Coping in the early days after separation
Most people feel a huge sense of shock during the early days of divorce or separation. It’s important that you allow yourself time to grieve during this period.
• Try to eat well and sleep properly. These are vital for your body and mind to feel better.
• Don’t depend on alcohol or drugs to make you feel better or go to sleep. If you do start worrying that you are drinking too much, seek help as soon as possible.
• Find ways to deal with any angry feelings. For more information on dealing with anger, visit our dealing with anger page.
• Watch out for depression. It is something that can sneak up on you, so make sure that you are aware of the signs that point to depression.
• Don’t be afraid to ask for professional help if you think you need it.
Divorce and separation is not an easy process. It’s not only a question of deciding not to live together. It requires a lot of energy and effort to untie two lives that may still be bound together by friends and family. It needs both of you to see yourselves as separate people again. Or at least as an individual who is no longer in an emotional relationship with the other person.
There are three main steps that most people go through before you can be ready to move on:
• physical separation
• emotional separation
• psychological separation
Particularly if you were together for a long time or spent a great deal of time together, this can be very painful. Physically moving apart is only the beginning of a process. This step can for some people take a long time, sometimes over two years.
Remember that children have to manage with this physical move too. They will need help and support from you both to cope with this relationship change.
You may feel flooded with sadness and despair, or as if a steamroller has hit you. With such an overwhelming rush of emotion it may surprise you that you can still carry out everyday tasks.
You will find that situations will continue to arise between you and your ex-partner during the early days. If you are both struggling emotionally it may appear that you have an intense dislike for each other. But the reality could be that you are still dependent or connected emotionally.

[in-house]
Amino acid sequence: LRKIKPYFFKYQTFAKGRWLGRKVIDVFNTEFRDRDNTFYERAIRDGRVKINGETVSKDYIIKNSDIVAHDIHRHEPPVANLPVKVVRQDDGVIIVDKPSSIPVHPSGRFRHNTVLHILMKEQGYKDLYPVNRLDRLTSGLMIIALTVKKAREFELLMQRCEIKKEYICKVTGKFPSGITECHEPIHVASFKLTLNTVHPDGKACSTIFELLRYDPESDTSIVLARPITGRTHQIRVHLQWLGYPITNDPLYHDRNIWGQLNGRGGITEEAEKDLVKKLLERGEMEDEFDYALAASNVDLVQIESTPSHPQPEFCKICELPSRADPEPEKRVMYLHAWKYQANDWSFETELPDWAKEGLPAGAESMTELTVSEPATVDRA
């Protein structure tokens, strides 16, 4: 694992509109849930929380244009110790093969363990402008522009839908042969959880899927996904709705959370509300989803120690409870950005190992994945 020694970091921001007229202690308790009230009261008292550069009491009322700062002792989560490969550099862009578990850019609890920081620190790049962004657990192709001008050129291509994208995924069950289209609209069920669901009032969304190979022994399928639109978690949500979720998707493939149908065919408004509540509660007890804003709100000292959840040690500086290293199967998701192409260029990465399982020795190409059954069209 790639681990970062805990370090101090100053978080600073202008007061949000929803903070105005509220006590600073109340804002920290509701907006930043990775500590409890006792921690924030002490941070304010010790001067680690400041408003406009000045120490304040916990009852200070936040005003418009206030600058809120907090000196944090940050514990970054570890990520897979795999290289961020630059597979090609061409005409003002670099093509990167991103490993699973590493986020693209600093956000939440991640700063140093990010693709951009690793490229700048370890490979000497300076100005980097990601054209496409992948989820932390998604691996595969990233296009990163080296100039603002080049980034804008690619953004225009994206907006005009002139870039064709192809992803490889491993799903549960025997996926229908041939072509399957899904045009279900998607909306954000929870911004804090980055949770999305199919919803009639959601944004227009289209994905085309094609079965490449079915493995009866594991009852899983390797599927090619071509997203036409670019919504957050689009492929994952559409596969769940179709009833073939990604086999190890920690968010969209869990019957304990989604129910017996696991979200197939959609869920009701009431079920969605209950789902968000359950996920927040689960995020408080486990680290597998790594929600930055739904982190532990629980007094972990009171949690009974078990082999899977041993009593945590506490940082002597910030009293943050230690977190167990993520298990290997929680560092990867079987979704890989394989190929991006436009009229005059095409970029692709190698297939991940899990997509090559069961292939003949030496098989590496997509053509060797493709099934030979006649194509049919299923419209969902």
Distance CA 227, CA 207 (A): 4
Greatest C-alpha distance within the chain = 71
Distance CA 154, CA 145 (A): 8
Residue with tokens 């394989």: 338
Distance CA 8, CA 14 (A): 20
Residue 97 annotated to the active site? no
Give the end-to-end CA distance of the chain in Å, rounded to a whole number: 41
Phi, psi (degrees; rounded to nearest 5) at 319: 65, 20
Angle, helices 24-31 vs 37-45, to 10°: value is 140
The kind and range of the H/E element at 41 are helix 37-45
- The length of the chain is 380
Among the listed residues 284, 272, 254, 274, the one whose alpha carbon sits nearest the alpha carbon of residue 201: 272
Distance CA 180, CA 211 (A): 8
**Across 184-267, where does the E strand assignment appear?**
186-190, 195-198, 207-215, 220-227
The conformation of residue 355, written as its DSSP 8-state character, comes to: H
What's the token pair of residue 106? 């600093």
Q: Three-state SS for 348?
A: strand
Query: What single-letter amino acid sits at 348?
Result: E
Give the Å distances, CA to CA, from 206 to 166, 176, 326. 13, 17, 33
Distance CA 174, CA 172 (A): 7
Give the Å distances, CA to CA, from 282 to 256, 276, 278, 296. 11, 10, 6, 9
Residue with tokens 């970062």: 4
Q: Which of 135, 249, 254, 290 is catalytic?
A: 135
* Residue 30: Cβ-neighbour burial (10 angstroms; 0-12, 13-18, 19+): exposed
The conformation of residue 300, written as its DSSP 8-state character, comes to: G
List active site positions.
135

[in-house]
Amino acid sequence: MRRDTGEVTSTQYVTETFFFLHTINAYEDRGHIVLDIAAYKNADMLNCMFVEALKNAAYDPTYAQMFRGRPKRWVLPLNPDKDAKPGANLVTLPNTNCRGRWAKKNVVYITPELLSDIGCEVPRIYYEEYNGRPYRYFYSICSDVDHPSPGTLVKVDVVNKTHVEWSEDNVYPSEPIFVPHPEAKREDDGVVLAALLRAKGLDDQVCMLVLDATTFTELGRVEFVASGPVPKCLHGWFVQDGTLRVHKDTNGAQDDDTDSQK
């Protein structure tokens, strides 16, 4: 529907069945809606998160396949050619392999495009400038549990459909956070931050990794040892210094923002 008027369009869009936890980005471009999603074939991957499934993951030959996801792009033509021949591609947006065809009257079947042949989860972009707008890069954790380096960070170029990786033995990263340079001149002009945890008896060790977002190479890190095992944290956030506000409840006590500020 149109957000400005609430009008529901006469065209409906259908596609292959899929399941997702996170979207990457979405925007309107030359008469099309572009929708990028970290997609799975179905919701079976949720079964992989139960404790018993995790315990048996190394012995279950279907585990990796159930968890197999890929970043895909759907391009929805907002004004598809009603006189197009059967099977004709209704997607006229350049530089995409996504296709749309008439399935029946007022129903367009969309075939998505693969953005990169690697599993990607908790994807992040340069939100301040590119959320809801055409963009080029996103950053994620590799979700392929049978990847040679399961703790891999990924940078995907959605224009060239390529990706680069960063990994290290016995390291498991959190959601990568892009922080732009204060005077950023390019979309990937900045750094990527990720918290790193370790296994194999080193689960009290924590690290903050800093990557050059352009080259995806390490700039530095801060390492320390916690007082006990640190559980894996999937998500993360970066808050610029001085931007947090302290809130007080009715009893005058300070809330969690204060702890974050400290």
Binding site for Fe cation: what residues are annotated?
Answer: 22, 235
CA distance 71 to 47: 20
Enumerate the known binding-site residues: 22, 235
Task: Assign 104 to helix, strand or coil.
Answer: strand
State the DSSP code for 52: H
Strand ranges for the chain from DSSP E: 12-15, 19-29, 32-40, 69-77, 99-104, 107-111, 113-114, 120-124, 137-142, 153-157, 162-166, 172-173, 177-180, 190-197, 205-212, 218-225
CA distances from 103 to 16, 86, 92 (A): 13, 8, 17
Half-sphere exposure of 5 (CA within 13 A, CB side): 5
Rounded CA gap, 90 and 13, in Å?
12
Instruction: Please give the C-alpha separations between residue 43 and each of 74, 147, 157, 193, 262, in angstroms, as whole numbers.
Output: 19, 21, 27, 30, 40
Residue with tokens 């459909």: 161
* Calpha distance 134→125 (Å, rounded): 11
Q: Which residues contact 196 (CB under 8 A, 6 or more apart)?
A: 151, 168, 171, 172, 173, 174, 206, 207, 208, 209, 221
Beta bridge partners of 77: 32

The final step to separation is psychological. Psychology is the way you think about yourself in relation to the world around you. When this level of separation occurs you are able to think about yourself as an individual person. Separate from your ex-partner and separate from your previous family relationship with them.
Not being able to go through these steps can lead to you both remaining involved in each others lives. This in turn and can contribute to on-going stress and conflict; feelings of depression or not being able to cope.
If you find yourself ‘stuck’ during one of these steps you maybe
- unable to think about the future
- unable to accept that plans need to be made
- in conflict with the other parent and unable to work together
You may be the type of person who likes to talk about your thoughts and feelings, as this can make it easier for you to identify where you are on your journey. Alternatively you may keep your feelings to yourself and reveal little about what you are thinking to anyone else.
Which ever approach you take, if you find you are struggling to cope, reach out to family or friends for support or seek professional help.
Where can I go next?
Wikihow - cope with separation
Steps to help you cope with separation from wikiHow, a collaborative effort to create the world's most helpful how-to guides.
SingleParents.org.uk - just become a single parent
Learn how to pick your life back up and start anew with Single Parents information and help
Family Lives - coping in the early days
Information from Family Lives which focuses on tips and advice for dealing with the early days of separation.